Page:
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on james baldwin & the presqu’île de l’Île-rousse

While reading the biography of James Baldwin by David Leeming, I learned that James Baldwin had traveled to Corsica, more specifically to L’Île-Rousse on the west coast, at the time of the publication of Giovanni’s Room, his second novel.

He went to L’Île-Rousse “where he would try to finish Another Country.” It was September, 1956. He stayed for six months, living in a house provided by a friend Mme Dumont.

It was the first time I had heard of L’Île-Rousse. I knew one day I would travel to Corsica and decided then that L’Île-Rousse would be a part of that visit.

I assume at some point James Baldwin wandered out to the presqu’île of L’Île-Rousse and looked back. (“Presqu’île” refers to the peninsula that juts out from the port in L’Île-Rousse.)

Walking out there is what you do while visiting L’Île-Rousse. A small tourist train is available as well, and it will take you to the top and down again. You follow the Route du Port and then diverge to the left and walk up the Chemin de Phare. It is an easy walk.

At the top and at the end of your walk is the Phare de la Pietra. (Phare in French means lighthouse.) On the way up is the Tour Genoise de la Pietra à L’Île-Rousse.  (Click on any photo to see it larger and in more detail. Cliquez sur une vignette pour l’agrandir.)

Looking back to L’Île-Rousse you get a sense of the rugged landscape that dominates Upper Corsica. It looms up in the distance and reduces L’Île-Rousse from a city to a town.  (Click on any photo to see it larger and in more detail. Cliquez sur une vignette pour l’agrandir.)

You feel like Gulliver after he washes ashore on the small island of Lilliput, looking back and down from the Phare de la Pietra and toward L’Île-Rousse and the Tour Genoise de la Pietra and the 6-inch tourists and the toy tourist train and the model town that is L’Île-Rousse.  (Click on any photo to see it larger and in more detail. Cliquez sur une vignette pour l’agrandir.)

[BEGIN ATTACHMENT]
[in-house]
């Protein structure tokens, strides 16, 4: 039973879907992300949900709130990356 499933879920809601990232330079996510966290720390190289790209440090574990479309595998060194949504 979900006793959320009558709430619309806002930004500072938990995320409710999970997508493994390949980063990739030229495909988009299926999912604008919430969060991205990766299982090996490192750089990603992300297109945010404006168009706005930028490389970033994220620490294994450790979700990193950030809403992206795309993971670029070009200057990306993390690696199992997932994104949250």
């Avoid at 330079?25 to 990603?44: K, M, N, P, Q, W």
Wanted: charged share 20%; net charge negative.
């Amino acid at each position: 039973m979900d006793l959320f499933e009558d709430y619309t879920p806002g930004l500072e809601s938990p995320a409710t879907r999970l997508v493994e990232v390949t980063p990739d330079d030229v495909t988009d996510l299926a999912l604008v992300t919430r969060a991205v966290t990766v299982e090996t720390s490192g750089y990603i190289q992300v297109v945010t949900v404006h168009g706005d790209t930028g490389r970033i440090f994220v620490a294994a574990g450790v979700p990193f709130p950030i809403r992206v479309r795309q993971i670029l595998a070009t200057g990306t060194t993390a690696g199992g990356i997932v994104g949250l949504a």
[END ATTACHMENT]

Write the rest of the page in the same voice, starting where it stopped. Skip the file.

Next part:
The waters of the Mediterranean Sea surrounding Corsica are deep blue and clear. The colors contrast with the reddish, rustic rocks and granite that line the shores.  (Click on any photo to see it larger and in more detail. Cliquez sur une vignette pour l’agrandir.)

2 Comments Post a comment
  1. Christian Delbert #

    My aunt bought the house in Ile Rousse ( 1957, I think ) when Baldwin moved out. Did he leave for greener pastures or from a certain racism practiced by the Corsicans? Who knows.
    Anyway, I first spent the summers in the villa in 1959, then in 1964-65-66-67-69 ( college years! )and 1971, 1985.
    The villa is located about 3/4 mile outside of Ile Rousse on the road to Bastia. Still owned by my cousins. They spend the summers there. Sadly, Ile Rousse has really grown. ” You can’t go home again.”
    I may spend some time there after Covid-19!
    And finally, my aunt didn’t tell me that James Baldwin lived there in 1956 until 1967!

    • Oh my! What a gift you gave me me this morning when I saw your mail for the first time. No, I do not believe he left for racial reasons. He thought France was a wonderful place to live. On Corsica itself I do not know. He had initially planned a short stay on Corsica to escape and to write. He wanted to be left alone to finish writing a book. He did that and returned to the mainland to his home at St-Paul-de-Vence.

      I know, of course, the road to Bastia. If he was that far from the center of L’Île-Rousse–three-quarters of a mile–he did find some solitude in 1956.

      Yes, L’Île-Rousse is popular and many summer homes are there. It is a popular town for vacationing British, French, and Corsicans. The British and French arrive from the mainland by Ferry and then drive the few miles (kilometers) across Cap Corse to L’Île-Rousse for their vacation.

      Again, thank you for your note. It was a pleasure to see it.


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